Ann Morris was a superb English stylist, remarkably so for such a young writer, and she tells her story with enthusiasm and excitement. Her prose has an immediacy that reminds one of an informal snapshot taken by a Kodak Brownie camera, as opposed to the serious formal posing required for studio photography. Her prose flows like a southwestern arroyo after a thunderstorm, and has a freshness that makes it a book of the sunlight outdoors in an Arizona desert, rather than a text composed in an academic study that “smells of the lamp.” She attempts to explain to her reader what archaeologists have found, their sites, and artifacts, monumental architecture, and art, but above all she wants to tell readers what archaeological fieldwork was like (as opposed to academic or literary archaeology). A few select (lightly edited) quotes from Digging in the Southwest (published by Doubleday, Doran & Co., Garden City, New York, 1934) will give the flavor of her writing. I feel like saying “selected at random” because there were so many rich pages that could have been mined for nuggets. She tells us what archaeology is, “archaeology might be defined as a rescue expedition sent into the far places of the earth to recover the scattered pages of man’s autobiography”(p. xv), and what were its goals, “instead of being tethered within the small present, bounded on one side by a hazy tomorrow and on the other by a very few centuries of carefully dated yesterdays, the long stream of human existence can be traced ever backward through the millennia…ever backward, the trail runs, and it is given to the archaeologist to trace its way” (p. xvii). After noting that America’s rich claim to antiquity were buried in blind oblivion, she goes on to say “then came the Archaeologists! Like a species of industrious gophers, they have spread from Alaska to Patagonia. They dig and they pry and they probe. They photograph and they map and they measure. Lost cities are being found again, fallen temples are being rebuilt, and broken pottery is being mended…each one has taken it on himself to restore some small fraction of long-lost history to its rightful place” (p. 6). And finally, “[the goal of archaeology] may have been achieved and may have been a thrilling one, but…[the] method and meticulous points of prosy detail are enshrined in vast scientific tomes which but few people ever see and fewer have the tenacity to read. One receives a most unfortunate and false impression that archaeology is not really half as much fun as it ought to be, and that archaeologists are dry things, squeezed empty of all human qualities. Now I for one know better, for I have been and I have seen” (p. 10). And so she has.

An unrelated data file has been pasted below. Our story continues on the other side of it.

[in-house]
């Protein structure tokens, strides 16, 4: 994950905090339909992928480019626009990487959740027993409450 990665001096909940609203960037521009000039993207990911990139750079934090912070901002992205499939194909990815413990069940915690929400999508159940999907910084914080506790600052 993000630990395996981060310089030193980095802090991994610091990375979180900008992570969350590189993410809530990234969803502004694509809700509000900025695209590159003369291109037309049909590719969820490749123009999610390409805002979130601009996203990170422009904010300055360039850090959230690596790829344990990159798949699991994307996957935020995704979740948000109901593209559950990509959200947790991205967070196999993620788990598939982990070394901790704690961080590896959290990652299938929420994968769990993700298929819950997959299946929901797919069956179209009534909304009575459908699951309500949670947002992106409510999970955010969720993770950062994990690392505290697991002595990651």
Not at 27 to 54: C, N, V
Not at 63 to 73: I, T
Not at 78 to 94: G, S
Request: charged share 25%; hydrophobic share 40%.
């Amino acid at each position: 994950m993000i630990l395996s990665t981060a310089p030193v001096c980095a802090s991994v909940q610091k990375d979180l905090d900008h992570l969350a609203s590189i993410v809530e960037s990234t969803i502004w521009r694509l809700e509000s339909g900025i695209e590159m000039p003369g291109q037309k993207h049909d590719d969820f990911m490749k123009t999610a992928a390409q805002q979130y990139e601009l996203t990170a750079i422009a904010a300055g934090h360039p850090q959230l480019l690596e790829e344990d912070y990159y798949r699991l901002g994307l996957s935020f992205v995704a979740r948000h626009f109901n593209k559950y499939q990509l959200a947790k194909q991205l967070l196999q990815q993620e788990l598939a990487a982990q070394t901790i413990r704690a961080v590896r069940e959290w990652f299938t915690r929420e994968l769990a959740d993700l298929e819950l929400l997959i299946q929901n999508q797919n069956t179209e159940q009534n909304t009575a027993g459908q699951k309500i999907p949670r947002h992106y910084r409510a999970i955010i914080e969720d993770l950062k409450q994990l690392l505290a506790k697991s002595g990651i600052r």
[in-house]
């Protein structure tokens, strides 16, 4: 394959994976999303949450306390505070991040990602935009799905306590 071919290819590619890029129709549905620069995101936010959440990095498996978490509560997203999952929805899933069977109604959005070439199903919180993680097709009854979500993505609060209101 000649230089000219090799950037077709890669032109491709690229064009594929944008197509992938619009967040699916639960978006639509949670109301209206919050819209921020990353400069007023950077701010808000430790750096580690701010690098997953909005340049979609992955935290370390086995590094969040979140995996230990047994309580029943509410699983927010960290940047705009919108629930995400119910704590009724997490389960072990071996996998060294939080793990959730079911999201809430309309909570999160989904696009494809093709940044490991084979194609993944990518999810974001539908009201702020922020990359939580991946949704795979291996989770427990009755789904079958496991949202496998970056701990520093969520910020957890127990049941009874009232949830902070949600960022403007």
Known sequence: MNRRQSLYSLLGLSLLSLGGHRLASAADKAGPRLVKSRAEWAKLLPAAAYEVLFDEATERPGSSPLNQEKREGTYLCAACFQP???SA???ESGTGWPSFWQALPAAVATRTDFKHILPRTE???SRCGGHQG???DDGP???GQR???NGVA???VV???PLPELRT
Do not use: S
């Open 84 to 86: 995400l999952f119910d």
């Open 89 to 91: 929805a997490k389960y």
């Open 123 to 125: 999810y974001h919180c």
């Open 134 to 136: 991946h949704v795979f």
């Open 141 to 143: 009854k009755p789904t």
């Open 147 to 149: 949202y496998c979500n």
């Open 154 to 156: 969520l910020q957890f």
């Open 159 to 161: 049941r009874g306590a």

I hope that this film will be a success and that Ann Morris’ books will delight a new generation of readers. Today they are very rarely seen on the secondhand book market. Yet they are among the best accounts of the thrill of archaeological exploration and faithfully and amusingly capture the romance of archaeology in an era that is becoming something of an “ancient artifact.” Though Ann was ahead of her time in many ways and wrote thoughtfully about the Indigenous peoples with whom she worked, her cavalier attitude to prehistoric human remains is no longer acceptable. And of course, the culture history is well done but is now obsolete, as is to be expected after a further century of fieldwork in the area. We must accept the books for what they are, and not for what they should be, because they succeed in telling the story of archaeological research with such verve and attention to telling detail that one can almost smell the smoke from the campfires, hear the excitement in the voices of the archaeologists, and feel the heat of the desert as the summer clouds pile up on the western horizon.